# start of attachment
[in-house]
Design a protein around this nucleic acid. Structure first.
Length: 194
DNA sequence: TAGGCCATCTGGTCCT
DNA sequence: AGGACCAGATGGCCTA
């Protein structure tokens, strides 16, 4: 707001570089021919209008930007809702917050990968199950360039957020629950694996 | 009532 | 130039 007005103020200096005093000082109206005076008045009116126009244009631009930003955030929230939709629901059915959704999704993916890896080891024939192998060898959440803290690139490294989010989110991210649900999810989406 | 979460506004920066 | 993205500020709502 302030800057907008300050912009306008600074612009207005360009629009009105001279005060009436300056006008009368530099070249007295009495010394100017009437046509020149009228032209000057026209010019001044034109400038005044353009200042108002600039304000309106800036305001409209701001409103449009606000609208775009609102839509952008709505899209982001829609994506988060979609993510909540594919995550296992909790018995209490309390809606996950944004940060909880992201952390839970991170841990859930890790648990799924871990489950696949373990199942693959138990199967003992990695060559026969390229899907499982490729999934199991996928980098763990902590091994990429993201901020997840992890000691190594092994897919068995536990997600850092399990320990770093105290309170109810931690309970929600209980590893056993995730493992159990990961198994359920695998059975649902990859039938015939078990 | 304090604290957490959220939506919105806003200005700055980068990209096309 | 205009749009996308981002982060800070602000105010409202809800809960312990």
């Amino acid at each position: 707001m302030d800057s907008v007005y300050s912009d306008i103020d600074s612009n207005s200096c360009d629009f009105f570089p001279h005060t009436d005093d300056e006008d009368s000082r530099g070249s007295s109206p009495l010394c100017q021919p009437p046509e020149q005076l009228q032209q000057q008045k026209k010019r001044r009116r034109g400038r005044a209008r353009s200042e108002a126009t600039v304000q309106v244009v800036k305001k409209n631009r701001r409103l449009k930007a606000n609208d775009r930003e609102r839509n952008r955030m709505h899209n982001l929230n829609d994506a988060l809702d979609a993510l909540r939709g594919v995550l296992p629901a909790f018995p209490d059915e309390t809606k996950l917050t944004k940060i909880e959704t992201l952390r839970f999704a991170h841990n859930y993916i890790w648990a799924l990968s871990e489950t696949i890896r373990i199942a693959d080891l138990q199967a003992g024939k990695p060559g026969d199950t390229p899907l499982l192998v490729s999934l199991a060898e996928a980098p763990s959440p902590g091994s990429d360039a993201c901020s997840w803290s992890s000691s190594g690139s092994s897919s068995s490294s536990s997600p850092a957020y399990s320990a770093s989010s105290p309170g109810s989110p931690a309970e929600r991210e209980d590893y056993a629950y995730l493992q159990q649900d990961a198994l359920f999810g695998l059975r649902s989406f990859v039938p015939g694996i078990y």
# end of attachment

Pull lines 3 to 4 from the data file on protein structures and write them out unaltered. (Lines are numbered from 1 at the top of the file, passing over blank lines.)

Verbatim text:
Length: 194
DNA sequence: TAGGCCATCTGGTCCT